The heart is a chambered muscular organ that pumps blood received from the veins into the arteries, thereby maintaining the flow of blood through the entire circulatory system.
The human heart is a pear-shaped structure about the size of a fist. It lies obliquely within the chest cavity just left of center, with the apex pointing downward. The heart is constructed of a special kind of muscle called the myocardium or cardiac muscle, and is enclosed in a double-layered, membranous sac known as the pericardium. A wall of muscle, the septum, divides the heart into two cavities. The left cavity pumps blood throughout the body, while the right cavity pumps blood only through the lungs. Each cavity is in turn divided into two chambers, the upper ones called atria, the lower ones ventricles.
Venous blood from the body, containing large amounts of carbon dioxide, returns to the right atrium. It enters the right ventricle, which contracts, pumping blood through the pulmonary artery to the lungs. Oxygenated blood returns from the lungs to the left atrium and enters the left ventricle, which contracts, forcing the blood into the aorta, from which it is distributed throughout the body. In addition, the heart employs a separate vascular system to obtain blood for its own nourishment. Two major coronary arteries regulate this blood supply.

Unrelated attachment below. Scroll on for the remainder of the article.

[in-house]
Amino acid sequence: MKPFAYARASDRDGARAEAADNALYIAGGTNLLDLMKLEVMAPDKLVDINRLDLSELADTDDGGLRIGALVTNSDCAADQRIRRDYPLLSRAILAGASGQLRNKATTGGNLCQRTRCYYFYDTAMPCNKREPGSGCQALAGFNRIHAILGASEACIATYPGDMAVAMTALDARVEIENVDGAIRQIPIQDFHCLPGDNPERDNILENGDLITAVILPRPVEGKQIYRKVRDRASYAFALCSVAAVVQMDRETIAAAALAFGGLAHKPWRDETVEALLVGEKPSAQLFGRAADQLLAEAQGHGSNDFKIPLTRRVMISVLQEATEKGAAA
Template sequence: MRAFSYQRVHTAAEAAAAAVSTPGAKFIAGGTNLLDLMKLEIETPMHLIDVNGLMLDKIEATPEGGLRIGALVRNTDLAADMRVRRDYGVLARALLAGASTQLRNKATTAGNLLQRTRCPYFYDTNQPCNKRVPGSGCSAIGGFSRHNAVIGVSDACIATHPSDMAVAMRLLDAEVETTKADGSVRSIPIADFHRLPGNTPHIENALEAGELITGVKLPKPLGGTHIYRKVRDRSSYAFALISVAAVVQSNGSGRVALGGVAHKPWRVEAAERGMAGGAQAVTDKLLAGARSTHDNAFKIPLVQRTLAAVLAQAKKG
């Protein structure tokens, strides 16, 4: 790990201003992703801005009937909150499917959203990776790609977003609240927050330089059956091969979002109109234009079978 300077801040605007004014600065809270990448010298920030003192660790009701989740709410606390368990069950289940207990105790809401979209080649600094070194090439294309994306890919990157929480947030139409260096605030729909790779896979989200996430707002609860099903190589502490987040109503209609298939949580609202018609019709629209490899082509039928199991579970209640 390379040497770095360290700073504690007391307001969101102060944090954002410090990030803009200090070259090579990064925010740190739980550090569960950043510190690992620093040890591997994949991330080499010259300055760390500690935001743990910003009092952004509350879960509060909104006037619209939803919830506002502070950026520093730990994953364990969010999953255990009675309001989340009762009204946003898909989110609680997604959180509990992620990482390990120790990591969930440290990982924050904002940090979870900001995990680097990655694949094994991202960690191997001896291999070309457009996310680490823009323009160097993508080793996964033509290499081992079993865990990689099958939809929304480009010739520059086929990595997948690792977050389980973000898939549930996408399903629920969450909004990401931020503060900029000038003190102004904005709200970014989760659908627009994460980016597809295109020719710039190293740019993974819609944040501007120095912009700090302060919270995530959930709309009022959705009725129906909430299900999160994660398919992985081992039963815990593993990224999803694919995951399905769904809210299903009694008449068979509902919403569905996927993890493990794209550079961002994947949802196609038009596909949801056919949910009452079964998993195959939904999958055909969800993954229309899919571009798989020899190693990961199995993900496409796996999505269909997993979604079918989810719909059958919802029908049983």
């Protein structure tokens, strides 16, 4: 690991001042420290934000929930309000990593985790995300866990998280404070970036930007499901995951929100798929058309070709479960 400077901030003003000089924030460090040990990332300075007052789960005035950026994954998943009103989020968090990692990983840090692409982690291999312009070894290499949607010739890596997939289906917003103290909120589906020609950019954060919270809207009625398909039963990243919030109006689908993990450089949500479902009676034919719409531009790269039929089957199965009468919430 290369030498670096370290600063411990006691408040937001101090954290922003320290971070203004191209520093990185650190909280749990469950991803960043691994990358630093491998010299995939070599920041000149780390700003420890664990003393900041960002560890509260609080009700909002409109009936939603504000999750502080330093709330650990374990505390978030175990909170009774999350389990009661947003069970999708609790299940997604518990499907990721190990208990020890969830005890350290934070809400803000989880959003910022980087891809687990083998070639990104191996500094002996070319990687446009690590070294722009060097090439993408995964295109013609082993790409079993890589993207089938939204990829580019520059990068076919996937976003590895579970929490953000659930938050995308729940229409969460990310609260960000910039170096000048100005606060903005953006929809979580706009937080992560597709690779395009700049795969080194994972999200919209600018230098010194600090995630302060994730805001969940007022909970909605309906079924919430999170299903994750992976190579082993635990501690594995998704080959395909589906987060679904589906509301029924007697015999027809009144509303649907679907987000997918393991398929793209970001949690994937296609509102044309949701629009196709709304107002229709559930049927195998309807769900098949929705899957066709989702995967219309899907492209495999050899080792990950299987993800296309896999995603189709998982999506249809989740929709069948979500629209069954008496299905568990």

The wall of the heart has three layers: the outer epicardium ( epi - = on, upon; cardia = heart), the middle myocardium ( myo - = muscle), and the inner endocardium ( endo - = within, inward). The epicardium is the visceral layer of the pericardium . The majority of the heart is myocardium or cardiac muscle tissue. The endocardium is a thin layer of endothelium that lines the chambers of the heart and the valves.
The pericardium ("around the heart") is a triple-layered fluid-filled sac that surrounds the heart. The outer layer of this sac is the fibrous pericardium . It is a strong layer of dense connective tissue. It adheres to the diaphragm inferiorly, and superiorly it is fused to the roots of the great vessels that leave and enter the heart. The fibrous pericardium acts as a tough outer coat that holds the heart in place and keeps it from overfilling with blood. Deep to the fibrous pericardium is the double layered serous pericardium . The serous pericardium is a closed sac sandwiched between the fibrous pericardium and the heart. The outer layer is the parietal layer of the serous pericardium and adheres to the inner surface of the fibrous pericardium. The parietal layer is continuous with the visceral layer of the serous pericardium or epicardium , which lies on the heart and is considered a part of the heart wall.
The myocardium ("muscle heart") is the muscular wall of the heart and consists mainly of cardiac muscle. The myocardium's elongated, circular, and spiral arranged networks of cardiac muscle cells, called bundles, squeeze blood through the heart in the proper directions: inferiorly through the atria and superiorly through the ventricles.
The endocardium is an innermost, thin, smooth layer of epithelial tissue that lines the inner surface of the heart chambers and valves